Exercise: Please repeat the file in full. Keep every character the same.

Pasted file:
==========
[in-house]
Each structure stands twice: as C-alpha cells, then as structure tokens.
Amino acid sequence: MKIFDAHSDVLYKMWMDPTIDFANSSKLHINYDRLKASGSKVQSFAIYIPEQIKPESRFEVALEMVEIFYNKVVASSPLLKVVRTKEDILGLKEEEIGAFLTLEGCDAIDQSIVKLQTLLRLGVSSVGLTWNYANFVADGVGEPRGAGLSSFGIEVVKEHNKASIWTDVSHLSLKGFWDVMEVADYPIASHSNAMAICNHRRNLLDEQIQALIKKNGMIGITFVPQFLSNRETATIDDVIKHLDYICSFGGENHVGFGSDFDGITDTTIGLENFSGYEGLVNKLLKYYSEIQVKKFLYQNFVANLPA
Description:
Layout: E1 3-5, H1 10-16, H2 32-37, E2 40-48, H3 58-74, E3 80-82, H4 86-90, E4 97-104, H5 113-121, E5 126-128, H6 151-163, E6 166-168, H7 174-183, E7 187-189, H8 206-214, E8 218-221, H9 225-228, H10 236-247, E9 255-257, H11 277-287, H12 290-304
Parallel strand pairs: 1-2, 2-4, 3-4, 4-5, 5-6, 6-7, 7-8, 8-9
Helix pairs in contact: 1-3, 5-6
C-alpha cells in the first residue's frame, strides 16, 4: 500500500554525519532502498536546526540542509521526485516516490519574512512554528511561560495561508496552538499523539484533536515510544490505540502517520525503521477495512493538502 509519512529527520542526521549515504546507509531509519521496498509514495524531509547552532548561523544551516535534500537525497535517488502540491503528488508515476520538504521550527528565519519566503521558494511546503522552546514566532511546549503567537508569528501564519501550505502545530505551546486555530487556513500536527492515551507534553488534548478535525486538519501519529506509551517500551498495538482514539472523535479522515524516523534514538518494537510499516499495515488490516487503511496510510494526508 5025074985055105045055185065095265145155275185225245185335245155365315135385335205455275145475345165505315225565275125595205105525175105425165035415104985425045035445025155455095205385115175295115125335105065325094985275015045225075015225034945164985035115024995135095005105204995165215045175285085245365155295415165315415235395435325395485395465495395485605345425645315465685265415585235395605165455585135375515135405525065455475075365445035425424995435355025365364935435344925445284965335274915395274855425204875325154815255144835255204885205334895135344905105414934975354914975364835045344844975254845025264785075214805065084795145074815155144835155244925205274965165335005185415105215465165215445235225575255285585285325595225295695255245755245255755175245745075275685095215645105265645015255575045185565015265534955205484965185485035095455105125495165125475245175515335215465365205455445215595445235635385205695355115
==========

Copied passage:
[in-house]
Each structure stands twice: as C-alpha cells, then as structure tokens.
Amino acid sequence: MKIFDAHSDVLYKMWMDPTIDFANSSKLHINYDRLKASGSKVQSFAIYIPEQIKPESRFEVALEMVEIFYNKVVASSPLLKVVRTKEDILGLKEEEIGAFLTLEGCDAIDQSIVKLQTLLRLGVSSVGLTWNYANFVADGVGEPRGAGLSSFGIEVVKEHNKASIWTDVSHLSLKGFWDVMEVADYPIASHSNAMAICNHRRNLLDEQIQALIKKNGMIGITFVPQFLSNRETATIDDVIKHLDYICSFGGENHVGFGSDFDGITDTTIGLENFSGYEGLVNKLLKYYSEIQVKKFLYQNFVANLPA
Description:
Layout: E1 3-5, H1 10-16, H2 32-37, E2 40-48, H3 58-74, E3 80-82, H4 86-90, E4 97-104, H5 113-121, E5 126-128, H6 151-163, E6 166-168, H7 174-183, E7 187-189, H8 206-214, E8 218-221, H9 225-228, H10 236-247, E9 255-257, H11 277-287, H12 290-304
Parallel strand pairs: 1-2, 2-4, 3-4, 4-5, 5-6, 6-7, 7-8, 8-9
Helix pairs in contact: 1-3, 5-6
C-alpha cells in the first residue's frame, strides 16, 4: 500500500554525519532502498536546526540542509521526485516516490519574512512554528511561560495561508496552538499523539484533536515510544490505540502517520525503521477495512493538502 509519512529527520542526521549515504546507509531509519521496498509514495524531509547552532548561523544551516535534500537525497535517488502540491503528488508515476520538504521550527528565519519566503521558494511546503522552546514566532511546549503567537508569528501564519501550505502545530505551546486555530487556513500536527492515551507534553488534548478535525486538519501519529506509551517500551498495538482514539472523535479522515524516523534514538518494537510499516499495515488490516487503511496510510494526508 5025074985055105045055185065095265145155275185225245185335245155365315135385335205455275145475345165505315225565275125595205105525175105425165035415104985425045035445025155455095205385115175295115125335105065325094985275015045225075015225034945164985035115024995135095005105204995165215045175285085245365155295415165315415235395435325395485395465495395485605345425645315465685265415585235395605165455585135375515135405525065455475075365445035425424995435355025365364935435344925445284965335274915395274855425204875325154815255144835255204885205334895135344905105414934975354914975364835045344844975254845025264785075214805065084795145074815155144835155244925205274965165335005185415105215465165215445235225575255285585285325595225295695255245755245255755175245745075275685095215645105265645015255575045185565015265534955205484965185485035095455105125495165125475245175515335215465365205455445215595445235635385205695355115